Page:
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Baker v. Bates

ILLINOIS APPELLATE COURT — FIFTH DISTRICT.


OCTOBER 25, 1966.

EVA S. BAKER, PLAINTIFF-APPELLANT,

v.

THOMAS ARTHUR BATES, ET AL., DEFENDANTS-APPELLEES.

Appeal from the Twentieth Judicial Circuit of Monroe County; the Hon. ALVIN H. MAEYS, JR., Judge, presiding. Judgment adverse to plaintiff affirmed.

EBERSPACHER, J.

This is an appeal from the decree of the Circuit Court of Monroe County, construing the will of Charlie Murphy, deceased.

Charlie Murphy, a resident of Missouri, died testate in 1920. His last will and testament published March 9, 1920, and a codicil thereto published April 9, 1920, were probated in the State of Missouri and ancillary administration was had in Monroe County, Illinois. Both administrations were completed many years ago.

There is no dispute between the parties as to the facts, the controversy here involves a proper interpretation of Item VII of his last will and testament which provides as follows:

"I give, devise and bequeath to my wife, Minnie W. Murphy, to be held and enjoyed by her for and during the term of her natural life, all of my real estate situated, located and being in the State of Illinois, and I hereby give, devise and bequeath all of said real estate situated, located and being in the State of Illinois, to my said sisters, Minnie Taunt, Grace Light and Pearl Kunz, and my brother, Paul Murphy, subject to the life estate given and devised to my said wife, as above stated, the same to pass to them after the expiration of said life estate, share and share alike. And in the event that any of my said sisters and brother shall die before the expiration of said life estate, leaving no children surviving them, then, and in that event, the share of such as shall be not living upon such expiration, shall pass to and vest in the survivors of my said sisters, Minnie Taunt, Grace Light and Pearl Kunz, and my brother, Paul Murphy, share and share alike. In the event any of my said sisters, Minnie Taunt, Grace Light and Pearl Kunz, and my brother, Paul Murphy, be not living at the date of the termination of said life estate, and shall have left children surviving them, then such children shall be and become vested with the interest or share therein of their respective parents."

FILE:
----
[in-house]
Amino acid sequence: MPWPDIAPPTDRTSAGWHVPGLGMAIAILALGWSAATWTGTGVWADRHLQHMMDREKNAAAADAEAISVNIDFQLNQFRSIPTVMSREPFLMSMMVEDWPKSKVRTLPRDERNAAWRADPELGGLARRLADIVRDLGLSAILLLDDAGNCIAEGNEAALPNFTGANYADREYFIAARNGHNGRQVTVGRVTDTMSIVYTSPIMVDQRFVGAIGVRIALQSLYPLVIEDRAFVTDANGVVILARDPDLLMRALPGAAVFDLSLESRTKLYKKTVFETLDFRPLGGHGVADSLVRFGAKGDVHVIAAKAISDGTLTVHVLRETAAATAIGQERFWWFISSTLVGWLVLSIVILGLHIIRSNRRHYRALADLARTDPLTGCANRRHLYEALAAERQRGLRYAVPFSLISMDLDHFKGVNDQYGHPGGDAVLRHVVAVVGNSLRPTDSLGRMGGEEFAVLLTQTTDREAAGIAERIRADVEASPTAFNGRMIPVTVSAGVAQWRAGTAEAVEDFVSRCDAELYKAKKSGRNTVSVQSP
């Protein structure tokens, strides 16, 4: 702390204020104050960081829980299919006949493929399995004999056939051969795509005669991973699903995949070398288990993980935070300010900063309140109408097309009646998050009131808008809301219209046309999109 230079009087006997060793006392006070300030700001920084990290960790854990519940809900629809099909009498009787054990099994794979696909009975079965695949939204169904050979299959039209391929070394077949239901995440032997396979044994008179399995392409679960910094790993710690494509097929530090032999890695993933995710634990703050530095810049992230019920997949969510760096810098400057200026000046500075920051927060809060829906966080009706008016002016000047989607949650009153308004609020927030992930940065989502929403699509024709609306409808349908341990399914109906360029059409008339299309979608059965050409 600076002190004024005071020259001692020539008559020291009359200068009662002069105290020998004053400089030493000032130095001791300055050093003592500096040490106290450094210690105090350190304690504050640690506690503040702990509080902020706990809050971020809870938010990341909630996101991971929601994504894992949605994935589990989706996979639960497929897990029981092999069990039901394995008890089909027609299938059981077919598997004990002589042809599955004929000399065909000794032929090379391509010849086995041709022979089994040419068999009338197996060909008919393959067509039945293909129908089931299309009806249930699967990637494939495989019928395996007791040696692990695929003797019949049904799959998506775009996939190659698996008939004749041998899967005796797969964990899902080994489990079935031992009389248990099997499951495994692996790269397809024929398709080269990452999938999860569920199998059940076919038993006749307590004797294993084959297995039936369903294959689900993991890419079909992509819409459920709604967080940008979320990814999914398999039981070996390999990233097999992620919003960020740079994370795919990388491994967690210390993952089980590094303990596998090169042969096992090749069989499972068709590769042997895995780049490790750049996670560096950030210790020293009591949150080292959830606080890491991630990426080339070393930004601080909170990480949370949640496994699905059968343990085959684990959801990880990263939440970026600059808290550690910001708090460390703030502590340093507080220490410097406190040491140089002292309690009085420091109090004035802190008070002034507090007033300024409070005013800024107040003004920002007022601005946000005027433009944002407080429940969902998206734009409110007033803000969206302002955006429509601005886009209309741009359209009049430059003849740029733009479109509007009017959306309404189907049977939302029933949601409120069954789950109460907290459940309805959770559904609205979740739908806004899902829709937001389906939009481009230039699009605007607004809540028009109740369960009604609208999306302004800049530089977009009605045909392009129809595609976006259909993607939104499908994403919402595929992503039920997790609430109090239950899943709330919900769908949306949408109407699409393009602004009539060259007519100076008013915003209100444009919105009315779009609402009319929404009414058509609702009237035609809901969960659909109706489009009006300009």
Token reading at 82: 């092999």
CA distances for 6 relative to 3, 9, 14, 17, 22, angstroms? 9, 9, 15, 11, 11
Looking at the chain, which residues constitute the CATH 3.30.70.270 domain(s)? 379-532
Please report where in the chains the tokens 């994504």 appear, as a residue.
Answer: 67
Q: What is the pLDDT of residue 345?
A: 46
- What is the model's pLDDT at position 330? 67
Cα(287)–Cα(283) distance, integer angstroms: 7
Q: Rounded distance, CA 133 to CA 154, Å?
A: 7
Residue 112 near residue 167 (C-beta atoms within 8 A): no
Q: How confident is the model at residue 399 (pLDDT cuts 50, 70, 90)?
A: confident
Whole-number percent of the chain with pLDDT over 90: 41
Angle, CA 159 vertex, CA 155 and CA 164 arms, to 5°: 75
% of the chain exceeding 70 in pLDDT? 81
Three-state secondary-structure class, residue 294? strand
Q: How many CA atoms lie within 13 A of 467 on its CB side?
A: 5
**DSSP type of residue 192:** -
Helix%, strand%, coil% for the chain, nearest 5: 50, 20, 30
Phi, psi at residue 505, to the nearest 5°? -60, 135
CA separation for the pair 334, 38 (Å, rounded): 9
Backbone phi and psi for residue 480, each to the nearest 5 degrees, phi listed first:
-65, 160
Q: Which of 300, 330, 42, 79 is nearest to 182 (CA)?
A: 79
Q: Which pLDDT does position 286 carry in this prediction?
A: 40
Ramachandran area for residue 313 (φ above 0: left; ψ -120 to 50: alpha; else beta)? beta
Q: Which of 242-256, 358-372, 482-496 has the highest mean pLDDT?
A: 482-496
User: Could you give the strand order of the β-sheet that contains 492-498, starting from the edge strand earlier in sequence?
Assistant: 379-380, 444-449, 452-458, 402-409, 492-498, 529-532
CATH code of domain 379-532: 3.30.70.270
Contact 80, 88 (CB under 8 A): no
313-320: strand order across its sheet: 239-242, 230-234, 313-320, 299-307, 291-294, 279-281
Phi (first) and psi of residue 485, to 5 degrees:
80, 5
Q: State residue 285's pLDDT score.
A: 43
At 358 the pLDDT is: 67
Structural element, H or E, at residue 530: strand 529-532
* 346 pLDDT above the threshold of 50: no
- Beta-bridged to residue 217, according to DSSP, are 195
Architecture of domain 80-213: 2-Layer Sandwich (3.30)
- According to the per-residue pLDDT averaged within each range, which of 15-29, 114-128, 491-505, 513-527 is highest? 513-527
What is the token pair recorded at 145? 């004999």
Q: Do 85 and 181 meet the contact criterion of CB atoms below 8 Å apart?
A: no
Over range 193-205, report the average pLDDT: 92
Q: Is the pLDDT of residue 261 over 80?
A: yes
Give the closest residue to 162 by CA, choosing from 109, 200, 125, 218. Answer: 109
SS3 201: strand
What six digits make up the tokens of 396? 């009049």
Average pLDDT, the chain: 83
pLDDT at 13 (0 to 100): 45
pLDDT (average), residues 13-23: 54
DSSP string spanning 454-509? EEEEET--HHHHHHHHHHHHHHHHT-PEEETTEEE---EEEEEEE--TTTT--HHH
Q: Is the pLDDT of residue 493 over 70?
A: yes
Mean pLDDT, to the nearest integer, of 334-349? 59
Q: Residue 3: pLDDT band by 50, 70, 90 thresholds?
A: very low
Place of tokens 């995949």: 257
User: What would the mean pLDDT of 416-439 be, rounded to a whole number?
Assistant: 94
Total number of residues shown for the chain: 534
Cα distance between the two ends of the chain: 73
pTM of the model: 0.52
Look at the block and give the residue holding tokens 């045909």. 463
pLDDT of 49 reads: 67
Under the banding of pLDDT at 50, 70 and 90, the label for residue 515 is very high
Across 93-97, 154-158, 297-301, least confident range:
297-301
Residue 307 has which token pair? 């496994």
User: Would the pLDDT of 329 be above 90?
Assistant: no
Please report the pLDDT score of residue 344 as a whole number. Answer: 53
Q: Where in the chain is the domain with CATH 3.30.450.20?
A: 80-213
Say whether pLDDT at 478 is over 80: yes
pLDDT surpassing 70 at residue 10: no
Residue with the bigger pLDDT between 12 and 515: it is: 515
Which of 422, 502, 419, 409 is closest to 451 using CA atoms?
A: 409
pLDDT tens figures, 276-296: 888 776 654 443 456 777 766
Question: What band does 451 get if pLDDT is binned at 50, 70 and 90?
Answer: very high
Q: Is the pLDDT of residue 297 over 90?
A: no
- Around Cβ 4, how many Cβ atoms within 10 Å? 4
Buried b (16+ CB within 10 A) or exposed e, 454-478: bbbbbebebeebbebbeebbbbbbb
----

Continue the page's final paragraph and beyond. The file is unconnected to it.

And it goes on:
At the time of Charlie Murphy's death, he left surviving him his widow, Minnie W. Murphy, and Paul Murphy, Pearl Kunz, Grace Light, and Minnie Taunt, his brother and sisters, as his only heirs at law.

Paul Murphy, mentioned in the will, died in the year 1933, leaving him surviving as his only heirs, his daughters, plaintiffs Paula Killgo and Patricia Helen Murphy.

Minnie Taunt, mentioned therein, died in the year 1935, leaving her surviving as her only heirs at law, plaintiff Eva S. Baker, her daughter, and Thomas Eugene Bates, her son. Thomas Eugene Bates died in 1948, leaving him surviving as his only heirs, defendant Vera Bates, now Vera Raines, his widow, and defendants Thomas Arthur Bates and Patricia Ann Bates, his children.

Pearl Kunz, mentioned therein, died in the year 1947, leaving plaintiff Charles M. Kunz as her only heir.

Grace Light, mentioned therein, died in the year 1951 leaving no children surviving.

Minnie W. Murphy, the life tenant and widow of testator, Charlie Murphy, died on May 26, 1964.

We are here concerned with the last sentence of Item VII of testator's will:

"In the event any of my said sisters, Minnie Taunt, Grace Light and Pearl Kunz, and my brother, Paul Murphy, be not living at the date of the termination of said life estate, and shall have left children surviving them, then such children shall be and become vested with the interest or share therein of their respective parents."

Minnie Taunt died in 1935 and left Eva S. Baker, her daughter and Thomas Eugene Bates, her son. Thomas Eugene Bates died in 1948 prior to the death of Minnie W. Murphy, the life tenant. Thomas Eugene Bates left him surviving his widow, Vera Bates, now Vera Raines, and two children, Thomas Arthur Bates and Patricia Bates. The question presented is whether or not Eva S. Baker takes a 1/3 interest in the real estate or does she take a 1/6 interest and the widow and children of Thomas Eugene Bates each take a 1/18 interest. The trial court held that Eva S. Baker owned an undivided 1/6 interest and the widow and children of Thomas Eugene Bates owned an undivided 1/18 interest.

Contending that Eva S. Baker owned an undivided 1/3 interest in the premises, appellants have contended that the remainders were contingent and that title only vested in the children of Minnie Taunt that survived the life tenant. Appellees contend that the remainder vested in the brothers and sisters, upon the death of the testator, subject to being divested in the event any one of them died, during the life of the life tenant leaving no children surviving them; and that Minnie Taunt was vested with what is known as a determinable fee, sometimes known as a shifting executory devise, and that the condition of divestiture was defeated upon her death by her leaving children surviving her; and since she, at her death owned an estate of inheritance (vested remainder, which had been subject to divestiture, but not divested since children survived her), Eva S. Baker and Thomas E. Bates, her children, took the interest of their mother, subject of course, to the life estate, and upon the death of Thomas E. Bates, his share of the vested remainder passed to his widow and children, since it was an estate of inheritance.